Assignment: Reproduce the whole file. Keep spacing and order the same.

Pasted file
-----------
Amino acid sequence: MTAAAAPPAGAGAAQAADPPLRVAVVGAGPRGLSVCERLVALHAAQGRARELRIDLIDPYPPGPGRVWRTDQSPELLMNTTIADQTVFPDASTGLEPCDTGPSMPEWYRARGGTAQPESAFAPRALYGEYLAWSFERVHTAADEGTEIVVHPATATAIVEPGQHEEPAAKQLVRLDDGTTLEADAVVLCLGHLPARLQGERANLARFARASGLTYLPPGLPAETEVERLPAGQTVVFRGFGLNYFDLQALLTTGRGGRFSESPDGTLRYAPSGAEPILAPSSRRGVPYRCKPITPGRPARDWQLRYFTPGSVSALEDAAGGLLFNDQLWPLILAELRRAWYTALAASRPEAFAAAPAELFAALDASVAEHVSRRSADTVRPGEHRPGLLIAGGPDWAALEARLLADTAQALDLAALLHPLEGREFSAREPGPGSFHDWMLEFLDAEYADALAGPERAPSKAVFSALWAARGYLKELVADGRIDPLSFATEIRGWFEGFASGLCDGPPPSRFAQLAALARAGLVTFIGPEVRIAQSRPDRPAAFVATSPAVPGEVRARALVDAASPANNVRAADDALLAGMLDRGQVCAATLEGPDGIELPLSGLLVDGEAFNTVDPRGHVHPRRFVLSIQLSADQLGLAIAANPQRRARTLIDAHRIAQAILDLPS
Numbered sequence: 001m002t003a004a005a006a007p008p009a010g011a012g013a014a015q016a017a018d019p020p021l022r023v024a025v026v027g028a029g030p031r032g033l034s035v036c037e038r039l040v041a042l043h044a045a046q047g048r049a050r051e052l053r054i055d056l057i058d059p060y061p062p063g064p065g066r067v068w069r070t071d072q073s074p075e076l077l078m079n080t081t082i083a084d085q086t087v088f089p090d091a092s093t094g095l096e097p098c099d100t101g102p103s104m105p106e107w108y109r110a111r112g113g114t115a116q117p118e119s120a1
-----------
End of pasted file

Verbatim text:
Amino acid sequence: MTAAAAPPAGAGAAQAADPPLRVAVVGAGPRGLSVCERLVALHAAQGRARELRIDLIDPYPPGPGRVWRTDQSPELLMNTTIADQTVFPDASTGLEPCDTGPSMPEWYRARGGTAQPESAFAPRALYGEYLAWSFERVHTAADEGTEIVVHPATATAIVEPGQHEEPAAKQLVRLDDGTTLEADAVVLCLGHLPARLQGERANLARFARASGLTYLPPGLPAETEVERLPAGQTVVFRGFGLNYFDLQALLTTGRGGRFSESPDGTLRYAPSGAEPILAPSSRRGVPYRCKPITPGRPARDWQLRYFTPGSVSALEDAAGGLLFNDQLWPLILAELRRAWYTALAASRPEAFAAAPAELFAALDASVAEHVSRRSADTVRPGEHRPGLLIAGGPDWAALEARLLADTAQALDLAALLHPLEGREFSAREPGPGSFHDWMLEFLDAEYADALAGPERAPSKAVFSALWAARGYLKELVADGRIDPLSFATEIRGWFEGFASGLCDGPPPSRFAQLAALARAGLVTFIGPEVRIAQSRPDRPAAFVATSPAVPGEVRARALVDAASPANNVRAADDALLAGMLDRGQVCAATLEGPDGIELPLSGLLVDGEAFNTVDPRGHVHPRRFVLSIQLSADQLGLAIAANPQRRARTLIDAHRIAQAILDLPS
Numbered sequence: 001m002t003a004a005a006a007p008p009a010g011a012g013a014a015q016a017a018d019p020p021l022r023v024a025v026v027g028a029g030p031r032g033l034s035v036c037e038r039l040v041a042l043h044a045a046q047g048r049a050r051e052l053r054i055d056l057i058d059p060y061p062p063g064p065g066r067v068w069r070t071d072q073s074p075e076l077l078m079n080t081t082i083a084d085q086t087v088f089p090d091a092s093t094g095l096e097p098c099d100t101g102p103s104m105p106e107w108y109r110a111r112g113g114t115a116q117p118e119s120a1